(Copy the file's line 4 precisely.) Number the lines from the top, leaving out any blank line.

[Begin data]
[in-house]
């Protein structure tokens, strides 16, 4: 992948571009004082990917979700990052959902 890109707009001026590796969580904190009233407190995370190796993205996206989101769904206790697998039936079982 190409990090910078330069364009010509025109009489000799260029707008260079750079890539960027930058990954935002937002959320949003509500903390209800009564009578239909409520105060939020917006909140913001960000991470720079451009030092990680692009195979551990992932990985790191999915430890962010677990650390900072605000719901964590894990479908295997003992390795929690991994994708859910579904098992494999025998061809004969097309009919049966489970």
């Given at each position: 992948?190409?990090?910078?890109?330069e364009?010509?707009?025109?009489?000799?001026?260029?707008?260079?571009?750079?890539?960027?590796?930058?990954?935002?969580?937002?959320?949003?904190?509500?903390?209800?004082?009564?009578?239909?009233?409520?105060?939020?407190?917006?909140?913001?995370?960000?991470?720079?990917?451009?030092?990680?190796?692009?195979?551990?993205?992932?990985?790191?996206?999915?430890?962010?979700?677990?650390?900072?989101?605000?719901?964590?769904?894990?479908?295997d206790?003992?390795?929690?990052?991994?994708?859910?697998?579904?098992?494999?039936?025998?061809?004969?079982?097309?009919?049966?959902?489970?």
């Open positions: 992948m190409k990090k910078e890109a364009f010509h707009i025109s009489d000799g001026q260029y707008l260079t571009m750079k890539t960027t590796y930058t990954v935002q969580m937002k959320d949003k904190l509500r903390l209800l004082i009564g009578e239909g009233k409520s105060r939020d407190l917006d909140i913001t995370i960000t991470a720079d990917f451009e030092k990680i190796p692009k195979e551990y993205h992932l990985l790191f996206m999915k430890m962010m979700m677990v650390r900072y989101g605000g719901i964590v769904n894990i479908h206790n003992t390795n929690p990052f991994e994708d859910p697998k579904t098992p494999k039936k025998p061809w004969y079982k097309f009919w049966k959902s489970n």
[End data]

């Open positions: 992948m190409k990090k910078e890109a364009f010509h707009i025109s009489d000799g001026q260029y707008l260079t571009m750079k890539t960027t590796y930058t990954v935002q969580m937002k959320d949003k904190l509500r903390l209800l004082i009564g009578e239909g009233k409520s105060r939020d407190l917006d909140i913001t995370i960000t991470a720079d990917f451009e030092k990680i190796p692009k195979e551990y993205h992932l990985l790191f996206m999915k430890m962010m979700m677990v650390r900072y989101g605000g719901i964590v769904n894990i479908h206790n003992t390795n929690p990052f991994e994708d859910p697998k579904t098992p494999k039936k025998p061809w004969y079982k097309f009919w049966k959902s489970n």